This week the World Health Organization (WHO) declared sex addiction a mental health disorder. In addition, WHO has also recently stated that compulsive video game playing is a disorder. And of course, this Wednesday Share day will be a controversial topic, especially since it’s been less than a year since the “Me Too” movement.


It has taken me many years of recovery to admit that I’m a grateful recovering sex addict. I have no problem expressing my gratitude in my meetings, however publicly, I kept my recovery to myself.


There’s safety with others who understand the struggles I went through. I now have courage, strength, and hope that I can offer those who still struggle. I know I’m not alone.


Who I’ve become, because of my willingness to dig deep into my core issues and the perseverance to continue my recovery, would have never happened had there not been a place where I knew I wasn’t alone. I needed my community, my therapist, and my acceptance that I had a disease that needed treatment to become the best version of myself.


In the 1940’s there was a huge stigma around being an alcoholic which continued through the early 2000’s. I see society now viewing alcoholics as people who have a disease and need help, however, when it comes to sex addiction, many hold judgment against those who medicated emotions with pornography or tried to fulfill their spiritual void through sexual connection.


When I went into treatment for sex addiction in 2010, I judged those who used drugs or alcohol. It didn’t take long to realize they were just like me. Our choice of drug was different, but we all had similar behaviors, trying to manage our childhood traumas that kept us trapped in our pain as adults.


When my fellow fledglings read the following articles keep in mind these ideas:

  1. Any addiction is a brain disease that needs to be treated.
  2. Sex addiction is not an excuse for bad behavior.
  3. Sex addicts must still be held accountable for their behavior and accept the consequences of their actions.
  4. The definition of a sex addict is different than the definition of a sex offender.
  5. Sexual disorder is not about how many sexual partners a person has or how much sex they have, it’s when someone’s sexual behavior becomes a “central focus of the person’s life to the point of neglecting health and personal care or other interests, activities and responsibilities.”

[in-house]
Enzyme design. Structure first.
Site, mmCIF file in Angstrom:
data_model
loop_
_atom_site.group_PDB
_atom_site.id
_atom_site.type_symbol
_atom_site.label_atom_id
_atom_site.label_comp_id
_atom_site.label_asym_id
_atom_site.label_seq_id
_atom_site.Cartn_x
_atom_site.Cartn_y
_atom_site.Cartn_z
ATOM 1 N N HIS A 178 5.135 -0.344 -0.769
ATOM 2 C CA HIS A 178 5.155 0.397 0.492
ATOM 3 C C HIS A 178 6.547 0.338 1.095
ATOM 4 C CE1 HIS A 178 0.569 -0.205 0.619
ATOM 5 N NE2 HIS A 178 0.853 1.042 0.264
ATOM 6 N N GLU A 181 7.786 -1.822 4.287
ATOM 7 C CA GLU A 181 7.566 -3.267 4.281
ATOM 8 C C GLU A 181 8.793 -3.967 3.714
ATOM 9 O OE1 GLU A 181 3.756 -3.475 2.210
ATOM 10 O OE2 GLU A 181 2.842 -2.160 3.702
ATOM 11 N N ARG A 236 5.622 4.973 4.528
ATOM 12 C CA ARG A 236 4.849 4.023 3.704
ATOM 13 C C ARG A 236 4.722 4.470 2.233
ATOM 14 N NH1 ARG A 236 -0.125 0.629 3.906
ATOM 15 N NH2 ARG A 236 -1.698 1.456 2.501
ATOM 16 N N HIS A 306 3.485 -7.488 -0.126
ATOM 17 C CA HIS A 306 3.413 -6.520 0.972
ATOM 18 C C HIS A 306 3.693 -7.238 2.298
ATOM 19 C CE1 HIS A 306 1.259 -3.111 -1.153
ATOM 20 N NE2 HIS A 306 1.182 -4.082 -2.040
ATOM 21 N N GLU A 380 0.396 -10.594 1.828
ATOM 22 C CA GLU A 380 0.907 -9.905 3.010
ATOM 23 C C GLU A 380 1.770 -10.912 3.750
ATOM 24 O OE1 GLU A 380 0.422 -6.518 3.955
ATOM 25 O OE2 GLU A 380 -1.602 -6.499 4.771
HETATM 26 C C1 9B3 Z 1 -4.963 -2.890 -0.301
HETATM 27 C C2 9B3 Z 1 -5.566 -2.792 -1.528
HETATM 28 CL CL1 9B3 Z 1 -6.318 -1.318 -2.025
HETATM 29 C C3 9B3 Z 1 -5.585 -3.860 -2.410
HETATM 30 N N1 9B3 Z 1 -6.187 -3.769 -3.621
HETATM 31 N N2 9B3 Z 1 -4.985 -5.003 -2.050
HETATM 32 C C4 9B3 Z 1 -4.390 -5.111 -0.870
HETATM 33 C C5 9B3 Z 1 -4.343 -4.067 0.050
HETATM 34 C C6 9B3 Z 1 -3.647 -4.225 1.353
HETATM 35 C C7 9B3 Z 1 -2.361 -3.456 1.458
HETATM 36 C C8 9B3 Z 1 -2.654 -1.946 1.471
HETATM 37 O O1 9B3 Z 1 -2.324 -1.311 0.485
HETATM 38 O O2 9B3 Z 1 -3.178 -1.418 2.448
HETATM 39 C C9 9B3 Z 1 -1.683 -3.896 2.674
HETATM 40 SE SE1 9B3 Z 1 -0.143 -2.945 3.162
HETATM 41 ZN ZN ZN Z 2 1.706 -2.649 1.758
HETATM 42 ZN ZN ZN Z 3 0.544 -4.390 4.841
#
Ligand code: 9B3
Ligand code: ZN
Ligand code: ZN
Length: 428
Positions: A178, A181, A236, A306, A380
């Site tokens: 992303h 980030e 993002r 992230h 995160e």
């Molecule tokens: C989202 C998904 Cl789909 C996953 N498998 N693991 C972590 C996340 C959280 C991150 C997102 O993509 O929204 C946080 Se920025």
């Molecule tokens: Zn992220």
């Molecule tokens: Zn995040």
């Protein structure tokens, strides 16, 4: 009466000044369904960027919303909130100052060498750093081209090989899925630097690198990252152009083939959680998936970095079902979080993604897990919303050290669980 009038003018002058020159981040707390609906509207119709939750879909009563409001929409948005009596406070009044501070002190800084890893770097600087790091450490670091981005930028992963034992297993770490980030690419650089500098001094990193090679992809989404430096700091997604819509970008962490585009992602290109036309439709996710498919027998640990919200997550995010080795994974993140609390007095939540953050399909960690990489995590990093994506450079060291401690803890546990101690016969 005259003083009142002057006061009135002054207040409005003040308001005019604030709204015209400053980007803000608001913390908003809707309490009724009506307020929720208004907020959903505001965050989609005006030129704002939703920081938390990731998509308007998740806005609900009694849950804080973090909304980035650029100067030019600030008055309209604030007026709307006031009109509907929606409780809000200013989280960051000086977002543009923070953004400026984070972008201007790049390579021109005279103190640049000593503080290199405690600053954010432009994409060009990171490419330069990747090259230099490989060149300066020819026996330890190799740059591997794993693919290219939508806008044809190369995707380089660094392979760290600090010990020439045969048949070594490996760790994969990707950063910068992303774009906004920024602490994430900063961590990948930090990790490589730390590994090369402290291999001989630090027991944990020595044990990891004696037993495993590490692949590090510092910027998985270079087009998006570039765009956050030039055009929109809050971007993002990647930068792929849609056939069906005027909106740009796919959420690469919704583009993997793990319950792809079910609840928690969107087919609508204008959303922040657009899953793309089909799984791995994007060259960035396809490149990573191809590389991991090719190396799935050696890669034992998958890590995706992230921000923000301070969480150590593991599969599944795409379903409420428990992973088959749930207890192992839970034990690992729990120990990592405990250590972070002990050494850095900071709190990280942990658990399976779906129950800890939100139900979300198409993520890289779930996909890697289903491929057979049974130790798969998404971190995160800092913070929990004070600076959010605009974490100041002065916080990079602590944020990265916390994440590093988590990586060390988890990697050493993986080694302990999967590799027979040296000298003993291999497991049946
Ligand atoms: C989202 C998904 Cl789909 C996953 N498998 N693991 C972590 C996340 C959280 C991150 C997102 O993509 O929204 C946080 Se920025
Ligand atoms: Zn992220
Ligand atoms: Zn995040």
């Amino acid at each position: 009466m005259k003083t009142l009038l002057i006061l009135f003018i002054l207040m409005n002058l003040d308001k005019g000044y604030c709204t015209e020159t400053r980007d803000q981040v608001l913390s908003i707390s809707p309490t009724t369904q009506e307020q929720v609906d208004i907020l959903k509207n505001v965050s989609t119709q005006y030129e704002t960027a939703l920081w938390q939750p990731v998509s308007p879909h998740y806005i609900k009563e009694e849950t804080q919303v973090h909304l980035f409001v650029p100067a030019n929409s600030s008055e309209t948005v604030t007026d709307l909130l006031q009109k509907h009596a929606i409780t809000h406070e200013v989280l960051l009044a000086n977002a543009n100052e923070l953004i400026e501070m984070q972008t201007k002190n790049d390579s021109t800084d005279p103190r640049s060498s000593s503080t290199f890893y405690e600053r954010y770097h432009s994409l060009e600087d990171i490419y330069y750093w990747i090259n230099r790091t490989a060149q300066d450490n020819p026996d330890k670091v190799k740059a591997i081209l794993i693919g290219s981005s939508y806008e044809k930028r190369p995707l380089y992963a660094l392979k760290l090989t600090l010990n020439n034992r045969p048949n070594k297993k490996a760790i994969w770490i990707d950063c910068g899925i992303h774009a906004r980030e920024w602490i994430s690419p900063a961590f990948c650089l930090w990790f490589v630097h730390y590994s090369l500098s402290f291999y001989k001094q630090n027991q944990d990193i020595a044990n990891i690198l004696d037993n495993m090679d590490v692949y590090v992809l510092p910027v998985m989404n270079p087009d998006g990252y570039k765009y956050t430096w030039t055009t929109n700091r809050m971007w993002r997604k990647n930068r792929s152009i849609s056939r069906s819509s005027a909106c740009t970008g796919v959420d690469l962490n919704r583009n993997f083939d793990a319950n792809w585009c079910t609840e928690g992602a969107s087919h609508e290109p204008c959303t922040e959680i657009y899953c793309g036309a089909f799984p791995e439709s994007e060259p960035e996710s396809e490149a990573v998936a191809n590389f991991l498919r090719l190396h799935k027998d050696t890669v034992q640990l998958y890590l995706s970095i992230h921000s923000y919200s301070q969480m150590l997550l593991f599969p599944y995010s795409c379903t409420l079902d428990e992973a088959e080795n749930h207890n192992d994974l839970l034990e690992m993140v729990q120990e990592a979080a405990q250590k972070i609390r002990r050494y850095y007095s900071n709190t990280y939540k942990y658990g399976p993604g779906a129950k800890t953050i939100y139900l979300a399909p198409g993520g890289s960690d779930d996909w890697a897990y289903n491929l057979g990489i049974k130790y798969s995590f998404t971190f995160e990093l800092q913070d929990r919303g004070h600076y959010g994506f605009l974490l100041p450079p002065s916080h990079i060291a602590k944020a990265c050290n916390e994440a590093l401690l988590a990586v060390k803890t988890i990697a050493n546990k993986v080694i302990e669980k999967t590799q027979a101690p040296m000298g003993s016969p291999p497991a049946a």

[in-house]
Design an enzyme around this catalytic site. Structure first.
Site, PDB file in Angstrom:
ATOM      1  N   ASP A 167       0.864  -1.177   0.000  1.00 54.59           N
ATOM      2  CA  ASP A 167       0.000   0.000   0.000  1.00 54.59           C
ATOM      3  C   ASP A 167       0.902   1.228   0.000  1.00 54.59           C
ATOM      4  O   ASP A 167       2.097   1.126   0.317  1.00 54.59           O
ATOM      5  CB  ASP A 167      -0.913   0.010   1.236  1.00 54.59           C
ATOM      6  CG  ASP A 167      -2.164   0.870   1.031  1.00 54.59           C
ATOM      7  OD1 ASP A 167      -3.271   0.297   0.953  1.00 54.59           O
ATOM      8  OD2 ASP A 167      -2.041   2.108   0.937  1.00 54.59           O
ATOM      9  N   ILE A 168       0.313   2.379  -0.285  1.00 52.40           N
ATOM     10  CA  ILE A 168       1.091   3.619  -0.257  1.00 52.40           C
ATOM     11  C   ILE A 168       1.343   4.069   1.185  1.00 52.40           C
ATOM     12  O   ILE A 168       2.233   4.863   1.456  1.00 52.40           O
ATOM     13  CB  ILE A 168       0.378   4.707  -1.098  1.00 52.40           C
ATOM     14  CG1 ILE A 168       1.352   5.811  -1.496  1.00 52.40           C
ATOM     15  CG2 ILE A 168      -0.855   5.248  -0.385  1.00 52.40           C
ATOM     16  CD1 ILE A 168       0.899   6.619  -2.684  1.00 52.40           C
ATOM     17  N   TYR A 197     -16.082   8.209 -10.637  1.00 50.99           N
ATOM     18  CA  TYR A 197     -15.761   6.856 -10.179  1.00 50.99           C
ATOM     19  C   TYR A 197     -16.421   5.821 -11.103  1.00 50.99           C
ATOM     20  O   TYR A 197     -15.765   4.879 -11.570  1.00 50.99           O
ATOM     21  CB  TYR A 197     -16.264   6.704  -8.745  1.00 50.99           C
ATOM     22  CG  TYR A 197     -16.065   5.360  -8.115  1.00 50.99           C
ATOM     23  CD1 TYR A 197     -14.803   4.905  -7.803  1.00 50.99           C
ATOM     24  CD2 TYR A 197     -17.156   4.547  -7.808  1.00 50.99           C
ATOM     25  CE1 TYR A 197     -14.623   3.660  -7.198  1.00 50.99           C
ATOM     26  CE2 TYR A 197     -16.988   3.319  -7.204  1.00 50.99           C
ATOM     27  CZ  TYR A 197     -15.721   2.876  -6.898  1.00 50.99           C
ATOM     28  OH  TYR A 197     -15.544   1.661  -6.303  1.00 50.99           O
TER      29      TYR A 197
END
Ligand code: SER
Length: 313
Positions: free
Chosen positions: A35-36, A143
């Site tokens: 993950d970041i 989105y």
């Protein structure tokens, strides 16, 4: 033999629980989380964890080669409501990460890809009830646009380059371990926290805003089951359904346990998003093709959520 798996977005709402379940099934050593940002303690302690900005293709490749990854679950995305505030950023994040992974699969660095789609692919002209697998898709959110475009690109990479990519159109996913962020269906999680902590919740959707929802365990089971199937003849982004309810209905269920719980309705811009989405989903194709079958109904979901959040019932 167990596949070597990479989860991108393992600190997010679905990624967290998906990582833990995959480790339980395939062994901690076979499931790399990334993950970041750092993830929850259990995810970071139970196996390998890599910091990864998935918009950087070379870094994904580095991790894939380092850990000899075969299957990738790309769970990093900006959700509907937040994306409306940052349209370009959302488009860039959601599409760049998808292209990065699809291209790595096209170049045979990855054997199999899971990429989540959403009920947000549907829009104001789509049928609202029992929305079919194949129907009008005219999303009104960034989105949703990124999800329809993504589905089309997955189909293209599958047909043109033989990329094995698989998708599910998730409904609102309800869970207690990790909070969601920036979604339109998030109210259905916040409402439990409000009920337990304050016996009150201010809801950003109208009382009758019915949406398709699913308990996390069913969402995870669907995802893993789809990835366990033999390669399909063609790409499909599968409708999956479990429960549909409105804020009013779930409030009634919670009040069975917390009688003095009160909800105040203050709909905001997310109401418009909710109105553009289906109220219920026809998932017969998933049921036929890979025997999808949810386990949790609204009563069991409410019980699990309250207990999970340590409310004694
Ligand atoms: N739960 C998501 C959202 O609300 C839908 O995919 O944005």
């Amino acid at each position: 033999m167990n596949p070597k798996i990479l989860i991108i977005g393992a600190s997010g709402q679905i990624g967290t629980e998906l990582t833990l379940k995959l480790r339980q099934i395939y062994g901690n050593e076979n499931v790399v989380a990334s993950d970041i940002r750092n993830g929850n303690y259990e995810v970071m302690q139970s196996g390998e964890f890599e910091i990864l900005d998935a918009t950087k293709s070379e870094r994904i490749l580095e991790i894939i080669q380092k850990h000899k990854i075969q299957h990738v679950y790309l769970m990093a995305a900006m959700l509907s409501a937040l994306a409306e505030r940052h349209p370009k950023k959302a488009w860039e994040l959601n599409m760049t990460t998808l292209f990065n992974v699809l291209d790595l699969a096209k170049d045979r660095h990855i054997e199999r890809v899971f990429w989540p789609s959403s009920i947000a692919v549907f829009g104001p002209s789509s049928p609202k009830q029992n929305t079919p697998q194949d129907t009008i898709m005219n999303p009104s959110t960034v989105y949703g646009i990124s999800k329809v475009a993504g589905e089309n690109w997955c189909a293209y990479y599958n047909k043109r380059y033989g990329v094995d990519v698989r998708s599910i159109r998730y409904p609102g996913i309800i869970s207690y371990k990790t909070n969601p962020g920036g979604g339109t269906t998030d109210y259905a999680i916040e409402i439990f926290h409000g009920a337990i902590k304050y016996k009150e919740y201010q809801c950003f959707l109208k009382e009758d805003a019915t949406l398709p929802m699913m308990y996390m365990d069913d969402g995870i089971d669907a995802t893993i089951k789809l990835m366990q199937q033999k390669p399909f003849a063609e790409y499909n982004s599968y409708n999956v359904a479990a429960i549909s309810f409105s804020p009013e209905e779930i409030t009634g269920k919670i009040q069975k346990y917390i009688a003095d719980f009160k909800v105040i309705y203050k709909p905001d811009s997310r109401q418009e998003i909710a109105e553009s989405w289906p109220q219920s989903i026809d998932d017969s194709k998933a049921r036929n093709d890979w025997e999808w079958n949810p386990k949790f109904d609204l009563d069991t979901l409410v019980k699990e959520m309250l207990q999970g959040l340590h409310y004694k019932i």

6. WHO defines “compulsive sexual health disorder” as a “persistent pattern of failure to control intense, repetitive sexual impulses or urges resulting in repetitive sexual behavior.”
  7. A partner of a sex addict, after disclosure, will most likely need trauma based therapy.
  8. We are the masters of deflection and blame, however, for the partner of a sex addict, our sex addiction truly has nothing to do with you but what we have struggled with in ourselves. That may never alleviate the pain we’ve caused, but remember it was never your “fault” no matter how much we may try to point the finger.


Some of the closest friends I have are my male peers in my SAA groups. For me, it never felt safe to express my emotions around men. These men are the bravest people I know. They allow themselves to become vulnerable, to express their feelings, their fears, and their daily struggles. There’s a sense of safety, of community within these groups. We give each other strength, challenge one another, and it’s miraculous to watch these men transform and grow.


When we can let go of the shame, guilt, and regret of our past. When we learn how to parent our inner children and love ourselves. When we learn how to treat others with the love and respect that they deserve. When we learn to use the tools of recovery to manage our emotions that used to overwhelm us.


We become grateful for our addiction and that we were given the grace to heal. Our healing touches all those around us.


A journey of 1,000 miles begins with one step. WHO declaring that sex addiction is an actual disease will allow many to not only take that first step in healing, but to heal the families and the relationships they have with the people closest in their lives.


Together we will Rise from the Ashes.

~ Phoenix Emery


Is Sex Addiction Real?

Sex addictions are deeply misunderstood. A new classification could change that.

Sex Addiction IS a Mental-Health Disorder

WHO Classifies Compulsive Sexual Behavior as a Mental Health Condition

Who Recognizes Compulsive Sexual Behavior as a Mental Health Condition




Sex Addiction 101

Robert Weiss

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